When you see “Fred. Olson Cruise Lines” written, you might suspect someone made a typo. In fact, you might suspect they made two typos – there is the seemingly inexplicable period after “Fred,” and also the fact that the cruise line (and it is only one cruise line) refers to itself in the plural. Fred. Olson Cruise Lines is the company’s name, though, however strange it strikes one at first. But of course the company’s name is of little interest. We are here to discuss the cruise line itself, which is largely unknown outside the U.K. Below we provide an overview of Fred. Olson Cruise Lines for any of our readers who are debating taking a Fred. Olson cruise or who simply want to learn more about this strangely named company.
As we just noted, the company is mostly known only in the U.K., and this is of course because it is based there. It sails ships from 10 ports in the U.K., including two in Scotland (from Glasgow and Edinburgh) and one in Northern Ireland (from Belfast). The ports that the cruise line uses in England are the major ones, like Liverpool, Newcastle, and Southampton. Given that all these ports are in the U.K., it should come as no surprise that Pounds Sterling is the currency used on board the ship. Although Fred. Olson is clearly catering to the British cruise market, the company is actually Norwegian-owned. It is part of the Fred. Olson Group, a large shipping conglomerate based in Oslo, Norway.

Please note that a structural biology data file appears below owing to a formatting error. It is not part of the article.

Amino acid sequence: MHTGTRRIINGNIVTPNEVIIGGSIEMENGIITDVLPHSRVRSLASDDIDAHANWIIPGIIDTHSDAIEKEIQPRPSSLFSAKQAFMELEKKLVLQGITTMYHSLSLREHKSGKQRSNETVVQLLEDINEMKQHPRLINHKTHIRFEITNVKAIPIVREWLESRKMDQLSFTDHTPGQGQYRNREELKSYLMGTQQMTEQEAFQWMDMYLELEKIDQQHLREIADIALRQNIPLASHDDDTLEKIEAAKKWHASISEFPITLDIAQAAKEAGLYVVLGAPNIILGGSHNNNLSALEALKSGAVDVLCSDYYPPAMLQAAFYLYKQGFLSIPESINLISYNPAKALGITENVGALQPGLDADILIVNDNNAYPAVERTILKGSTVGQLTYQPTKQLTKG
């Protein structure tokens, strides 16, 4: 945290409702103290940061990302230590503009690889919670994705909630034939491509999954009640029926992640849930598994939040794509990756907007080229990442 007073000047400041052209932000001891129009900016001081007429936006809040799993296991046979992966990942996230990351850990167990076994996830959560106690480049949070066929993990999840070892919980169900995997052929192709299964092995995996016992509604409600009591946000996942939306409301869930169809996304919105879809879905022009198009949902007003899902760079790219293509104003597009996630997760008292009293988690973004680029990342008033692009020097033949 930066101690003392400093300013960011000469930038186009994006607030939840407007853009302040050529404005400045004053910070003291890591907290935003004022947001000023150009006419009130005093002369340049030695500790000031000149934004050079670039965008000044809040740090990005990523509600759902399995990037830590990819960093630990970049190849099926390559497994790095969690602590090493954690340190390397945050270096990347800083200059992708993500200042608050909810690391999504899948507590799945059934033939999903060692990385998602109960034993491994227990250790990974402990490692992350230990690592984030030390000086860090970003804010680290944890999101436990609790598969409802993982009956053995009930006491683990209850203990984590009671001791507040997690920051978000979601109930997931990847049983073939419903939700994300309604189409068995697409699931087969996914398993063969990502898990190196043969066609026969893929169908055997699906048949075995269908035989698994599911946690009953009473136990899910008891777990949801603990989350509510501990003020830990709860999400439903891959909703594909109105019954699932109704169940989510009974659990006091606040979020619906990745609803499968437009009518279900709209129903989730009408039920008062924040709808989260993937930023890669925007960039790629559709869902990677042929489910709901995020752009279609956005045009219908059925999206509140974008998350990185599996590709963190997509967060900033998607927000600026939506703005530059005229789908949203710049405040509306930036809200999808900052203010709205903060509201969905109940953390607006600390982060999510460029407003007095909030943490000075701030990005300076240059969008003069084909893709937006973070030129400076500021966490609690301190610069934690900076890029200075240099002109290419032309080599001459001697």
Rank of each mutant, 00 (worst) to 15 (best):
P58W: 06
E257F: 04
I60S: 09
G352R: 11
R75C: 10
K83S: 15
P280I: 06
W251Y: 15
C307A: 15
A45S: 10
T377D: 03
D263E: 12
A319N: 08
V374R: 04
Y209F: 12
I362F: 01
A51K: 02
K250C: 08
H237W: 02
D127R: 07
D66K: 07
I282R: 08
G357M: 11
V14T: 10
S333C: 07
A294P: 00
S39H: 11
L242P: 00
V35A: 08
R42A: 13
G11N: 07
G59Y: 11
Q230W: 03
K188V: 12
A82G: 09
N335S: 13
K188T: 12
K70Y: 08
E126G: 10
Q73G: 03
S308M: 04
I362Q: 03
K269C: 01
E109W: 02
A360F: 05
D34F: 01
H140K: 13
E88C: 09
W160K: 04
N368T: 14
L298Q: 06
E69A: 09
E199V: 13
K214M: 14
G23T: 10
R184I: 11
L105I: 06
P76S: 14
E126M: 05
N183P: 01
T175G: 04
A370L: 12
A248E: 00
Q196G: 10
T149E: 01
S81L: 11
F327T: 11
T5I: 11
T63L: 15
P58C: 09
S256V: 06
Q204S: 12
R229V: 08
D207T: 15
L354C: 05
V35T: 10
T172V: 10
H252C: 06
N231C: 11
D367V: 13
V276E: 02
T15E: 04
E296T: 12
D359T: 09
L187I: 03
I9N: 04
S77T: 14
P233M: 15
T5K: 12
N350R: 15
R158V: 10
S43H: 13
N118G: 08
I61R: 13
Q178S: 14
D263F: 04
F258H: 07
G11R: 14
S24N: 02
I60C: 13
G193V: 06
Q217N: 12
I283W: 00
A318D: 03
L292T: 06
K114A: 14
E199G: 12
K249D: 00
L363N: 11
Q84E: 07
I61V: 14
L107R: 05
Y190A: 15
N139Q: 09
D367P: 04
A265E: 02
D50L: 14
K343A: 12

The Fred. Olson fleet is composed of four ships, none of which are particularly large. The largest, the Balmoral, has a gross tonnage of 43,537 and can accommodate 1,230 passengers. The Black Watch and the Boudicca are of a similar size. They both have a gross tonnage of about 28,000 and can fit almost exactly the same number of passengers, a little over 530. The smallest ship in the fleet, the Braemar, has a gross tonnage of 24,344, although it can accommodate more passengers (929) than the either the Black Watch or Boudicca, despite its smaller size. These ships sail literally all over the globe. Every continent besides Antarctica can be visited on a Fred. Olson cruise.
The Fred. Olson cruise experience is fairly traditional, especially compared to the floating cities that some cruise lines operate. Fred. Olson passengers dress up for five-course dinners each night and then can enjoy entertainment options like cabaret shows. During the days, passengers lounge around the deck or take classes in subjects of interest to them (painting, wine tasting, etc.). Things are simpler on a Fred. Olson cruise – you won’t spend you days running between the water parks and elaborate sports facilities.
As you can see, Fred. Olson offers a cruise experience that inspires nostalgia, and many might be drawn to this. The amenities that are packed onto the newest cruise ships are incredible, but something is lost when a cruise ship is so large that passengers can go days without even noticing they are at sea. If you are the type of person who might like a Fred. Olson cruise, keep in mind that it doesn’t make much sense to go on one unless you are already in the U.K. However, if you already live there, or if you are planning a trip there that could incorporate a cruise, look into Fred. Olson for a traditional cruise experience.